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Allied bombing of the Fokker factory in Amsterdam-Noord in July 1943

Stichting Historisch Centrum Amsterdam Noord (HCAN)
Time period: 1943
Number of interviews: 7
Accessibility: available online
Transcripts: summaries
Period of interviews: 2010

In July 1943, the Allies tried to drop bombs on the Fokker aircraft factory in Amsterdam-North, because it was involved in the German war industry. The Allied attack on the factory largely missed its target and bombs fell on residential areas, a monastery and a church. There were more than 200 casualties, mostly civilians. Because it was allied bombs, this tragic event has always been a sensitive subject.


In this oral history project, seven witnesses of the bombing will be interviewed. Special attention is paid to the organisation of the relief effort, which for the most part had to be started from the centre of Amsterdam. A number of interviewees discuss the celebration of the 25th anniversary of the Ritakerk parish, which was hit during the celebration.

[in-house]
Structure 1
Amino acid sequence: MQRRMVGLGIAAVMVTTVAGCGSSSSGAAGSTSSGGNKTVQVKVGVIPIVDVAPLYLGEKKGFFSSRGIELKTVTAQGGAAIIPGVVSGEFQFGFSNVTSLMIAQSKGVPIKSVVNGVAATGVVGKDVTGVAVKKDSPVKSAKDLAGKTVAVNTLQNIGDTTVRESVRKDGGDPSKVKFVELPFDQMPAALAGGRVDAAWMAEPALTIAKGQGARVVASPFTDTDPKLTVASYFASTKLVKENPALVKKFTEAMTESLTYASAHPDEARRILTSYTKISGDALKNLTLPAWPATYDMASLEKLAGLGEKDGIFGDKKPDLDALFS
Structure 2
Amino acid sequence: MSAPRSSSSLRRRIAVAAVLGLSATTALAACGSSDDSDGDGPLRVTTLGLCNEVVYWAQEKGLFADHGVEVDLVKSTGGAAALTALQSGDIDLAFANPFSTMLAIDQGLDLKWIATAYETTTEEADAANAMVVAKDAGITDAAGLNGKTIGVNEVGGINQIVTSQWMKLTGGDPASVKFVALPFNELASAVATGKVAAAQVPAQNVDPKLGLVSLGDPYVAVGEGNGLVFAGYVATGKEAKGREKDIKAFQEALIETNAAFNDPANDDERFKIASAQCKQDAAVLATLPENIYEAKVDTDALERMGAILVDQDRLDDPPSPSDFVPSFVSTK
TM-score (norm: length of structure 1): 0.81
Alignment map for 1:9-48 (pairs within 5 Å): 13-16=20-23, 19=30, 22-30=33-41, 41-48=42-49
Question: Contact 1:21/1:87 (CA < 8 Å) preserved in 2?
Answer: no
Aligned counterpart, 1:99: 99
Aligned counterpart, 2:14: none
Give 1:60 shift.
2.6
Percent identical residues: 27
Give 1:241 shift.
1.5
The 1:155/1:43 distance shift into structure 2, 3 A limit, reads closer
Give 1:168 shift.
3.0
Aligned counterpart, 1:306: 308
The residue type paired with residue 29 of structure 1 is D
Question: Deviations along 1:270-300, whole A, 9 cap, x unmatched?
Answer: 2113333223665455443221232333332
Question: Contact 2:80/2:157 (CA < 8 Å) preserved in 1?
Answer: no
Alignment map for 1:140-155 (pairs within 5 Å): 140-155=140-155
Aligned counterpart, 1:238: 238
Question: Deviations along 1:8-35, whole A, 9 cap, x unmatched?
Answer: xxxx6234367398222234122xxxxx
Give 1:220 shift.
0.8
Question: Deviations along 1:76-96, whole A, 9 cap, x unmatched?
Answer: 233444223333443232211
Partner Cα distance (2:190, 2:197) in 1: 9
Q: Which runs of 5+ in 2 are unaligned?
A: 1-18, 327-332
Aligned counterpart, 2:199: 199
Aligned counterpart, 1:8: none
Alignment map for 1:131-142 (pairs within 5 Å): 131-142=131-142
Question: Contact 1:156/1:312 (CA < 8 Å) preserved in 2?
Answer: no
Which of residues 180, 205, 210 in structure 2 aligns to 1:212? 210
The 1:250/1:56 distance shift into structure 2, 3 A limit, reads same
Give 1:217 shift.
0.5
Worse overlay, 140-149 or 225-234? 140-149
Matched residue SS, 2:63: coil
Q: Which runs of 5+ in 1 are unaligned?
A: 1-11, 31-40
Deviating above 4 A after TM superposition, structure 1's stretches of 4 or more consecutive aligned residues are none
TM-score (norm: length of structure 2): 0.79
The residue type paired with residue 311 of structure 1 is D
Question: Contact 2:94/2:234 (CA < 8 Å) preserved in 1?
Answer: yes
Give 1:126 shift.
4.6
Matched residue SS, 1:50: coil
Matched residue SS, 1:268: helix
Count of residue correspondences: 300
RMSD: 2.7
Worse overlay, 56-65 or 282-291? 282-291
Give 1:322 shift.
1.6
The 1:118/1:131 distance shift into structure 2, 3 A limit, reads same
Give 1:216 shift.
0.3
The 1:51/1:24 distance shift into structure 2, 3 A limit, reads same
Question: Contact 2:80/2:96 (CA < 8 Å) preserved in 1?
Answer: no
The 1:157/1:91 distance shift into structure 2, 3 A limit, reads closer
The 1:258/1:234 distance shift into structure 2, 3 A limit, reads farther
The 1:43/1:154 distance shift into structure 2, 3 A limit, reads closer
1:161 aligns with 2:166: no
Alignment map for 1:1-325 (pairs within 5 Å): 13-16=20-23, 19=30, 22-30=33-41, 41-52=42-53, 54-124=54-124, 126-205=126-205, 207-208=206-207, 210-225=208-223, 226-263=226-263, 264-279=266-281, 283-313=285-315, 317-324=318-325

In July 1943, Amsterdam-Noord was targeted three times by Allied attacks, which were aimed at the camouflaged Fokker factory that looked like a friendly residential area. On Saturday 17 July, 41 Flying Fortresses of the inexperienced American Eighth Airborne Army went into action. Not a single bomb hit Fokker and 152 civilians were killed. Of the hundreds of wounded, many died later from their wounds. On Sunday 25 July, 10 British Mitchell bombers did hit the Fokker aircraft factory and largely reduced the complex to ashes. On Wednesday 28 July it was the Free French who attacked. This attack cost the lives of 17 more civilians in Noord and the devastation was enormous.